A strong electric field screening effect is observed at DC and low frequencies (see Supplementary Fig. 10), likely caused by mobile charges on the diamond surface and in the bulk42. Possible sources include adsorbed water layer under ambient conditions, electronic trapping states due to near-surface band-bending43,56, and internal charge defects such as vacancy complexes and substitutional nitrogen generated during diamond growth or NV creation46,57. We characterize this screening effect by measuring its frequency dependence. NV is positioned within a metal gap. An AC reference voltage is applied across the gap, generating an electric field at the NV. Lock-in detection is employed in order to extract both the amplitude and phase of the NV signal relative to the reference signal.

At low frequencies, we use a Ramsey-based lock-in sequence, where a train of equally spaced Ramsey measurements is synchronized with the reference signal, as shown in Fig. 2a. In each Ramsey measurement, the NV spin is prepared in a superposition of \(\left|0\right\rangle\) and \(\left|+\right\rangle\), and then accumulates phase induced by the DC electric field within the free evolution time τ = 800 ns. The accumulated phase ϕNV can be extracted from the NV fluorescence signal measured after the final π/2 pulse (see Supplementary Note 2D). This phase is proportional to the local electric field, \({\phi }_{{{{\rm{NV}}}}}={d}_{\perp }{E}_{\perp }\cos (2{\phi }_{{{{\rm{B}}}}}+{\phi }_{{{{\rm{E}}}}})\tau\), hence each Ramey measurement samples the electric field strength at the corresponding time step. The first Ramsey starts at 4 μs after the reference trigger, and the spacing between neighboring Ramsey measurements is also 4 μs. To have a sufficient number of sampling points, we performed measurements at reference signal frequencies below 50 kHz. As shown in Fig. 2b, the NV Ramsey phase ϕNV oscillates in time, with the amplitude increasing with the reference frequency. Sinusoidal curve fitting extracts the amplitude and phase relative to the reference, which is represented by blue dots in Fig. 2e.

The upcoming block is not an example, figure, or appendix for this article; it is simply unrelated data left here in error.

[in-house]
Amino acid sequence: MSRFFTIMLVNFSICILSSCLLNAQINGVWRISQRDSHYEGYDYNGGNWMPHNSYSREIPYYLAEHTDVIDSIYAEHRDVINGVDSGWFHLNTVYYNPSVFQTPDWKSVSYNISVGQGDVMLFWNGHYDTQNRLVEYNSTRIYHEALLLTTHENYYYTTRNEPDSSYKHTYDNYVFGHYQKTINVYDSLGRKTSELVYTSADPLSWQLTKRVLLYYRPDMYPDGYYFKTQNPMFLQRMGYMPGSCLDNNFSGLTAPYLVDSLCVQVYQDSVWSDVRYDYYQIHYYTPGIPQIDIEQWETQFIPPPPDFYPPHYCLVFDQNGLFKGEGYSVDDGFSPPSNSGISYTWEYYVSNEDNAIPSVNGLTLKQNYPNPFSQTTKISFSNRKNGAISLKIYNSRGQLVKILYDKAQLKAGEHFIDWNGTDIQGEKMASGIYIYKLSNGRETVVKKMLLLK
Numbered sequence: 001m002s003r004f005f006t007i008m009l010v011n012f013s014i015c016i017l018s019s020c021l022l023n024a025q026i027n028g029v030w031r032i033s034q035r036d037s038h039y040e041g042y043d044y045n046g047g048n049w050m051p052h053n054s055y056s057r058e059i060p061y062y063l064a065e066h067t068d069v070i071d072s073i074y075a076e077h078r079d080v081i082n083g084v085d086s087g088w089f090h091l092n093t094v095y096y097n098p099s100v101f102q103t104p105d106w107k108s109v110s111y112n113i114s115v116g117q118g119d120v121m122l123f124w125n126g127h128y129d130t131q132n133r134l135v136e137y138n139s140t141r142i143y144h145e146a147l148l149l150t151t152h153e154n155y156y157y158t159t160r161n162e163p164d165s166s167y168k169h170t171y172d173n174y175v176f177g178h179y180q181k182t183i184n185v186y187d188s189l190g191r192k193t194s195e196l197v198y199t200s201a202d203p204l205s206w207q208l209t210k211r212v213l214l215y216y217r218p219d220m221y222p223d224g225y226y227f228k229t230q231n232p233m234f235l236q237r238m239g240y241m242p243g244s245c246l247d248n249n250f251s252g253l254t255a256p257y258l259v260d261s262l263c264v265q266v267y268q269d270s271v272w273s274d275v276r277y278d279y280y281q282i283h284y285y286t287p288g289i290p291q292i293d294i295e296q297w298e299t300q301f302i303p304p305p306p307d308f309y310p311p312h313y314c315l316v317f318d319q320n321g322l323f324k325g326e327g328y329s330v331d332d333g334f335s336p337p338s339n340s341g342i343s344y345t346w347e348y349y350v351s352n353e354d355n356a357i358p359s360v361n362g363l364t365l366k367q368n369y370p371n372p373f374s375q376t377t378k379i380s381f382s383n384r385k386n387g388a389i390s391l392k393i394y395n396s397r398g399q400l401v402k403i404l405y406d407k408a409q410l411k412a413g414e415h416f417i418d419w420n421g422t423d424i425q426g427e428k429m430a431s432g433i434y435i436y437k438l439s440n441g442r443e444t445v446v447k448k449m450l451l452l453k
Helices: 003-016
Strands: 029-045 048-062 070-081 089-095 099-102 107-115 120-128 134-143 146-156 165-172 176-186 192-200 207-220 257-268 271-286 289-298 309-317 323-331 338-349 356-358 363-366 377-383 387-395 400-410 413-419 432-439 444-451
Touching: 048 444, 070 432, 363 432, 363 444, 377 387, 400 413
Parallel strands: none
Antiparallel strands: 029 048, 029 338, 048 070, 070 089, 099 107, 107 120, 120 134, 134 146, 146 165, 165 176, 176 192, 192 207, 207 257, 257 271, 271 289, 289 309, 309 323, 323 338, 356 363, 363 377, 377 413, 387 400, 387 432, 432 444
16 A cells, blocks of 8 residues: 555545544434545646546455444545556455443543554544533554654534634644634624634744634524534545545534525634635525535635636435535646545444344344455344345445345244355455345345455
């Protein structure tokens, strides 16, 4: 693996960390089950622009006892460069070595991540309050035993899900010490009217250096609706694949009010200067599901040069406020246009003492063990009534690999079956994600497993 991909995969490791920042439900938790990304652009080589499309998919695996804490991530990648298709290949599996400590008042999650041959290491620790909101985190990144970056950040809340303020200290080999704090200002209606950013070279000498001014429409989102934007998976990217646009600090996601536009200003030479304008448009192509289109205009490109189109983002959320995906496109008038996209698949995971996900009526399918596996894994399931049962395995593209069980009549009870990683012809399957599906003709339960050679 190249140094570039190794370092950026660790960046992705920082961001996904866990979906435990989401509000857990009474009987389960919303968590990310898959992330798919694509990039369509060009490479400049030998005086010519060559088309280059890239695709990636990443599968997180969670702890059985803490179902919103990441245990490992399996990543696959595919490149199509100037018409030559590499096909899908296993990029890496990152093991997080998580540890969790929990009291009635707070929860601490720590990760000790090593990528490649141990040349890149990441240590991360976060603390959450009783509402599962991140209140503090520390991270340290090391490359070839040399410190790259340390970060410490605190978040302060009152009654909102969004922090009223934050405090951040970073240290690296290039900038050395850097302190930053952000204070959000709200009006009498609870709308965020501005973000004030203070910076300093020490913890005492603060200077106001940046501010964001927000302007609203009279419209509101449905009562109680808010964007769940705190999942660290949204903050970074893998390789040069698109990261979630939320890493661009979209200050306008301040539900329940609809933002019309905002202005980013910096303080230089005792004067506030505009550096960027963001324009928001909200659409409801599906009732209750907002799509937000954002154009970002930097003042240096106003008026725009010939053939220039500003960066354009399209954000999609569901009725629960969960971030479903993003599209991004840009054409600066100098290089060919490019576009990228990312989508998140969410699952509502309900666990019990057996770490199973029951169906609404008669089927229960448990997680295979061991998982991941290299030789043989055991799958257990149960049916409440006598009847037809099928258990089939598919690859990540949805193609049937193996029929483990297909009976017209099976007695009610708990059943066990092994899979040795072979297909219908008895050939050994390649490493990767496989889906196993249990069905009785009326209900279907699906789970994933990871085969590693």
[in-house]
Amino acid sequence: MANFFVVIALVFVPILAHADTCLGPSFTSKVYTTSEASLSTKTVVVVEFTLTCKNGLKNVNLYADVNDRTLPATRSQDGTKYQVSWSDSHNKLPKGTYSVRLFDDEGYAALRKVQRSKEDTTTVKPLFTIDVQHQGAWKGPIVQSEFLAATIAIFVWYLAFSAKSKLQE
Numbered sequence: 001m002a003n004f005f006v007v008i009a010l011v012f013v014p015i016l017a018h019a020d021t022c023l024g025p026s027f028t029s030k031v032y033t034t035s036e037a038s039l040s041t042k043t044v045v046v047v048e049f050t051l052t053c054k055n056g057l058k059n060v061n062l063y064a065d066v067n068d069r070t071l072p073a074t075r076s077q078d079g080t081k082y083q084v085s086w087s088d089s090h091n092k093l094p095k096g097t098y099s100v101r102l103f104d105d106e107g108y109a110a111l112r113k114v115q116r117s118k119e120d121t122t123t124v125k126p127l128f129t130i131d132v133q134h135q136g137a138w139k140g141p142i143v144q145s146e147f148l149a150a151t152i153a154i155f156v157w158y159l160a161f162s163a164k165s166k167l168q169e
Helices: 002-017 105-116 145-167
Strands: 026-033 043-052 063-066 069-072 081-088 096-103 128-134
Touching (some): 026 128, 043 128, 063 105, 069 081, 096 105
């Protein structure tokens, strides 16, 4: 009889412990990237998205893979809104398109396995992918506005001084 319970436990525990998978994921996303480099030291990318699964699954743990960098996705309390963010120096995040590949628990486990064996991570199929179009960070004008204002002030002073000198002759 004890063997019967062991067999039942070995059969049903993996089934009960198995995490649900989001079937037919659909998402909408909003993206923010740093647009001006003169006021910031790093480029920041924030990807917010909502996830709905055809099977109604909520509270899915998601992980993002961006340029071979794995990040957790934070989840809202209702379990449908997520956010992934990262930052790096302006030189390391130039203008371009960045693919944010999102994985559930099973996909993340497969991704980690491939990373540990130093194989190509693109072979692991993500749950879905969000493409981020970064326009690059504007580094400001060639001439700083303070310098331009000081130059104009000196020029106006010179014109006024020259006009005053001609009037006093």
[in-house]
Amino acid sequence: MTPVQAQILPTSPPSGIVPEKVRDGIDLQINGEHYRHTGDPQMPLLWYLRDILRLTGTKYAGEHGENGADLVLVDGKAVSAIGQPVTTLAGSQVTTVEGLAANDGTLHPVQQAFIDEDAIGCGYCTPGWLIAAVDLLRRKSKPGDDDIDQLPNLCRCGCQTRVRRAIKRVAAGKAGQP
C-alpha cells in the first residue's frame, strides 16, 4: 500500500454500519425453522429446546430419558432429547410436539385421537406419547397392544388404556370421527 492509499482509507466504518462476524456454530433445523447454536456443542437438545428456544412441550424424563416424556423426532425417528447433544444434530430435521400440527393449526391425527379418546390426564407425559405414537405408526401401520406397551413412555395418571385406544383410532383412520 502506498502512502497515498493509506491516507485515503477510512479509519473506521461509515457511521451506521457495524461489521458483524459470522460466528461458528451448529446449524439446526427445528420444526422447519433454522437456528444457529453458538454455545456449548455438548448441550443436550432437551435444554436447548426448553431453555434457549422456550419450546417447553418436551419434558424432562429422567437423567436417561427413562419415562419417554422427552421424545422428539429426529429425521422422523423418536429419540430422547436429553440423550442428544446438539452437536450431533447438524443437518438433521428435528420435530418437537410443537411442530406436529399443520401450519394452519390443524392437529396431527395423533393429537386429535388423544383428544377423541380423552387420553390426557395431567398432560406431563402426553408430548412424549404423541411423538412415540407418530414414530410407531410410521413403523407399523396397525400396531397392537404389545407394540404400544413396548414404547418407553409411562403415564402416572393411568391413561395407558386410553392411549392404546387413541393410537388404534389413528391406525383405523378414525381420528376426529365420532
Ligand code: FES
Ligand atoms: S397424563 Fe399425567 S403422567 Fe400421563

Fig. 2: Frequency dependence of the electric field screening effect.
figure 2